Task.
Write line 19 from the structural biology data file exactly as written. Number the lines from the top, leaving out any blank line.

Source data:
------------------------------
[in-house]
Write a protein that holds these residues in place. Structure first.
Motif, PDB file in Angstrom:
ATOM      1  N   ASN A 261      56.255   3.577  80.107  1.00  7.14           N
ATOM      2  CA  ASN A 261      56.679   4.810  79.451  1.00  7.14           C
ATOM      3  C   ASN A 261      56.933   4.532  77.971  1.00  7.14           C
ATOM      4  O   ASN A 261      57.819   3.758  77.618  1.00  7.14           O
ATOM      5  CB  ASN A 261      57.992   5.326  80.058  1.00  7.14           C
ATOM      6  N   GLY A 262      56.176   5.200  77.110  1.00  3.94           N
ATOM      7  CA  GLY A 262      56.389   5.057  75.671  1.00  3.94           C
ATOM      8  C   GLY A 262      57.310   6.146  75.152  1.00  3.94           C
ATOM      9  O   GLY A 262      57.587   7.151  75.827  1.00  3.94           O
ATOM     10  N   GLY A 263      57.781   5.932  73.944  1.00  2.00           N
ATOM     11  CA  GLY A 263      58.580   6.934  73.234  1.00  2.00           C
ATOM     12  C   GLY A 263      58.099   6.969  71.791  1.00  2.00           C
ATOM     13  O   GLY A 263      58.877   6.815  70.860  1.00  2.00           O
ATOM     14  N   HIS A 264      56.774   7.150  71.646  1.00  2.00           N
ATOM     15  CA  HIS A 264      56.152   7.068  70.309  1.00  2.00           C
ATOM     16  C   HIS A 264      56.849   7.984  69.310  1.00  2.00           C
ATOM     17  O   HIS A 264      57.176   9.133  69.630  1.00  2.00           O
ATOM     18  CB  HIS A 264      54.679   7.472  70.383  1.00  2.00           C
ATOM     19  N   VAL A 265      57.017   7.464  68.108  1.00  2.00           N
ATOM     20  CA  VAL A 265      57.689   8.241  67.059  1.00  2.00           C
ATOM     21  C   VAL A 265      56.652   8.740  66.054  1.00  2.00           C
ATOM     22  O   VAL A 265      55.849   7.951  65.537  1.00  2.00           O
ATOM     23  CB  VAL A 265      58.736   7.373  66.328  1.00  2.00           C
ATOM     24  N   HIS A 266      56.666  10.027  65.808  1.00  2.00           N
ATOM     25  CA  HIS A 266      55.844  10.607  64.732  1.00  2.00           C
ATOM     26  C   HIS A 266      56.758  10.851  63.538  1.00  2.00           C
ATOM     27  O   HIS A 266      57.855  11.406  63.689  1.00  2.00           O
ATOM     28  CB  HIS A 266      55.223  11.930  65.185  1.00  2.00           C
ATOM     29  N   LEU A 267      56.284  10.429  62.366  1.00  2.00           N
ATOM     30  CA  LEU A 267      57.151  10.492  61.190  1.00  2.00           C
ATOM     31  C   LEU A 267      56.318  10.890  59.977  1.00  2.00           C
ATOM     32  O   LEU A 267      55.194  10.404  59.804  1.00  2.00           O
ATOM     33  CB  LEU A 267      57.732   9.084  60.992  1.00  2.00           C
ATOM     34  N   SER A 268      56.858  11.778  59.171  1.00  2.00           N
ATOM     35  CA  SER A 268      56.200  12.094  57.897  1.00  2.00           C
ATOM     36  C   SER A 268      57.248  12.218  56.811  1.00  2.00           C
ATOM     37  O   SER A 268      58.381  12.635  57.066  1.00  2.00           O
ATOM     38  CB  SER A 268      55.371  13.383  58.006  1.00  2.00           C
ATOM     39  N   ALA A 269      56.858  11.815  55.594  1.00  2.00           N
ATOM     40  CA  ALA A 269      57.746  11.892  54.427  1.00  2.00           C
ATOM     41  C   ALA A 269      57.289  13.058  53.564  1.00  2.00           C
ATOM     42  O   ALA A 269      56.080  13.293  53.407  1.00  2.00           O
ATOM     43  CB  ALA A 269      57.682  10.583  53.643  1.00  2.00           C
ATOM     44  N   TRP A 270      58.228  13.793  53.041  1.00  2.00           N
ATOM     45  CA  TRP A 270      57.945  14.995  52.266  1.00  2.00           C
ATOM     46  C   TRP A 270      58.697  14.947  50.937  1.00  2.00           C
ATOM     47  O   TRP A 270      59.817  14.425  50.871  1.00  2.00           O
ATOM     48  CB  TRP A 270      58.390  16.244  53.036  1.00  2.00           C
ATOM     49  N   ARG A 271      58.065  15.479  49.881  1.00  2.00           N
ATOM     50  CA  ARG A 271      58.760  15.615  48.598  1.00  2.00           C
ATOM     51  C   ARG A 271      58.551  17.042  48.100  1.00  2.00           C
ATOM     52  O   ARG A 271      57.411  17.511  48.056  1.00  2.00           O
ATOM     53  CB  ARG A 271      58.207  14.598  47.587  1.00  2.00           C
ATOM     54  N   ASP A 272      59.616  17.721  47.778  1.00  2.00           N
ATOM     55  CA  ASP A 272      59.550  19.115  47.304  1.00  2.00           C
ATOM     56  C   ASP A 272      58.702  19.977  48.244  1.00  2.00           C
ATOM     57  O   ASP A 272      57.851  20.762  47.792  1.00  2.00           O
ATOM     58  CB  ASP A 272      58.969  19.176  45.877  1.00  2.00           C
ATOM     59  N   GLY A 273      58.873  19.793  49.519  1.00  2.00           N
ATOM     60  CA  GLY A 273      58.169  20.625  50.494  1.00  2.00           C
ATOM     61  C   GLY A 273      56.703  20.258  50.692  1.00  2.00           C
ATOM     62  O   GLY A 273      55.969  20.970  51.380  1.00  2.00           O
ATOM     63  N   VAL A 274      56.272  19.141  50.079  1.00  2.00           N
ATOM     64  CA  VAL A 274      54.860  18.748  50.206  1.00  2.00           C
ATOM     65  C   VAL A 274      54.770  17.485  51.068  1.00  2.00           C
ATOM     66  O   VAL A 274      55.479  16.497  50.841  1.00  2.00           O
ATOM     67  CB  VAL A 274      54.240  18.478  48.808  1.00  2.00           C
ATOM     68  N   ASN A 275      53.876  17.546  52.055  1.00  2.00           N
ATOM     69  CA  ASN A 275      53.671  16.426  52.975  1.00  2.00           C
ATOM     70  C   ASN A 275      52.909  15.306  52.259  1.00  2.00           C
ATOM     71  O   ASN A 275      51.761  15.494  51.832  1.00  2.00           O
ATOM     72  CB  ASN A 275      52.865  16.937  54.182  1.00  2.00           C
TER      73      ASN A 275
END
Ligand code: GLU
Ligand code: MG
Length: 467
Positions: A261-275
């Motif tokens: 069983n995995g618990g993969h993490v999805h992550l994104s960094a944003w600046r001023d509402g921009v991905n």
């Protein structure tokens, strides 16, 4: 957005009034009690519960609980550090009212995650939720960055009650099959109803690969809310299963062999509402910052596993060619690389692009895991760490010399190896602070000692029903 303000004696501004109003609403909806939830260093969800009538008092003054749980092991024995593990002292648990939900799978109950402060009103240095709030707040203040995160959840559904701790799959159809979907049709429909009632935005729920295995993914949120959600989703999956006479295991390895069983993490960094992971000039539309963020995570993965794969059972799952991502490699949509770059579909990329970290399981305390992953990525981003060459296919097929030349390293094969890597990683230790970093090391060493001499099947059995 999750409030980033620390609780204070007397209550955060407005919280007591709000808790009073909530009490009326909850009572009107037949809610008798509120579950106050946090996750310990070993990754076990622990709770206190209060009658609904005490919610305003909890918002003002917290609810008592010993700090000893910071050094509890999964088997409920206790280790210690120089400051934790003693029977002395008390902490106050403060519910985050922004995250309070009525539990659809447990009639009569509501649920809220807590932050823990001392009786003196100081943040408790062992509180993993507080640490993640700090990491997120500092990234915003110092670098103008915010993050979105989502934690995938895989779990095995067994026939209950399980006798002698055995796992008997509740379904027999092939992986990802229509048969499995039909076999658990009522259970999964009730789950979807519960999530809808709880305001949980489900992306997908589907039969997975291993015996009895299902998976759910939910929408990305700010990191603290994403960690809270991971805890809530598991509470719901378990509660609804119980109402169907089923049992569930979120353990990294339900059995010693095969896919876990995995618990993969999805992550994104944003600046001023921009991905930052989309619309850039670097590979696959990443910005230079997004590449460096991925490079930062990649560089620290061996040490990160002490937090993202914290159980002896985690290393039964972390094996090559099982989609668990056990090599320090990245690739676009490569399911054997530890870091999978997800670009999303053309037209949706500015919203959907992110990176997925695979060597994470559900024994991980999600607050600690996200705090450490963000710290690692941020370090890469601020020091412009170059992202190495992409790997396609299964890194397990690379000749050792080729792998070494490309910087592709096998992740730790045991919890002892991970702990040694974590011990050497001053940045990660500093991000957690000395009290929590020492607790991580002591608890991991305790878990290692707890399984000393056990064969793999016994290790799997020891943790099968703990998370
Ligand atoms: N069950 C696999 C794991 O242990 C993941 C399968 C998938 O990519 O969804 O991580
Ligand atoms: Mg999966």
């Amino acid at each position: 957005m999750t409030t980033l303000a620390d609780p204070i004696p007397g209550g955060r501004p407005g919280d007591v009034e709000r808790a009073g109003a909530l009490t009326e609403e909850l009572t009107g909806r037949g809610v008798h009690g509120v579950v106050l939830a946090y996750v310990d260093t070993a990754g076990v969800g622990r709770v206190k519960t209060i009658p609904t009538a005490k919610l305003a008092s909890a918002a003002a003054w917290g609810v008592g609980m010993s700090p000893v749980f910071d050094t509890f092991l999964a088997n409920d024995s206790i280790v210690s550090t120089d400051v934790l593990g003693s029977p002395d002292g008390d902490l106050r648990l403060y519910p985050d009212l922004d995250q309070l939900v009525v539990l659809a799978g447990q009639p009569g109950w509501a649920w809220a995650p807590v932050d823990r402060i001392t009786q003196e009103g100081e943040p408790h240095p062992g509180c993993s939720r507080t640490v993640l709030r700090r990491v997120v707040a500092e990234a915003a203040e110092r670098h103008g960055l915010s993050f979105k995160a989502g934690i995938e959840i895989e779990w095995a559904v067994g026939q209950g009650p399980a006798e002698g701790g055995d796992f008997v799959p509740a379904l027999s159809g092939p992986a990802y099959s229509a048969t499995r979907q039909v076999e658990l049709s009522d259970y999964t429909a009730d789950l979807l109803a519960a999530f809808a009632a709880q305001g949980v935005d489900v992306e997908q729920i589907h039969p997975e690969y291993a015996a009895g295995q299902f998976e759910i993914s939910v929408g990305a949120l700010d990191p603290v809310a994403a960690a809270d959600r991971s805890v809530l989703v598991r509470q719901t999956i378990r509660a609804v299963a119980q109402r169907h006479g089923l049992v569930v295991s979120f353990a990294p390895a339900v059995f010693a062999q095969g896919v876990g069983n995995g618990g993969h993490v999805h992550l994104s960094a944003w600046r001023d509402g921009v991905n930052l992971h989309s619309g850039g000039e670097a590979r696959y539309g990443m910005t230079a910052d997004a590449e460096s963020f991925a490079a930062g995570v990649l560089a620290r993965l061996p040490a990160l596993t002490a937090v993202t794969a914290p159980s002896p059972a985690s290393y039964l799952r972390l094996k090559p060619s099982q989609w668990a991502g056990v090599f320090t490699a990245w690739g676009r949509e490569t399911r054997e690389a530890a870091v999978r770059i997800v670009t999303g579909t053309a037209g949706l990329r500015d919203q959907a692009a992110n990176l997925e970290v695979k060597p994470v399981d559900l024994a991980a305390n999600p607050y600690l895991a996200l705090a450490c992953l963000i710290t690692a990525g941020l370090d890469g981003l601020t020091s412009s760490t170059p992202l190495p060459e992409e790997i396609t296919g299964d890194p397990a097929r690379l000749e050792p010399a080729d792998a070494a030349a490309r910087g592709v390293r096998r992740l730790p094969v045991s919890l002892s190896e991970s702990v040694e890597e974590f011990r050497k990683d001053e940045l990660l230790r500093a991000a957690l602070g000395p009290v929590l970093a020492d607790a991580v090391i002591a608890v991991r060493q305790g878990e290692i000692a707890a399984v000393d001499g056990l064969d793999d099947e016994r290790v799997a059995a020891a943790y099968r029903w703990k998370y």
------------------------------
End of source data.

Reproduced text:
ATOM     16  C   HIS A 264      56.849   7.984  69.310  1.00  2.00           C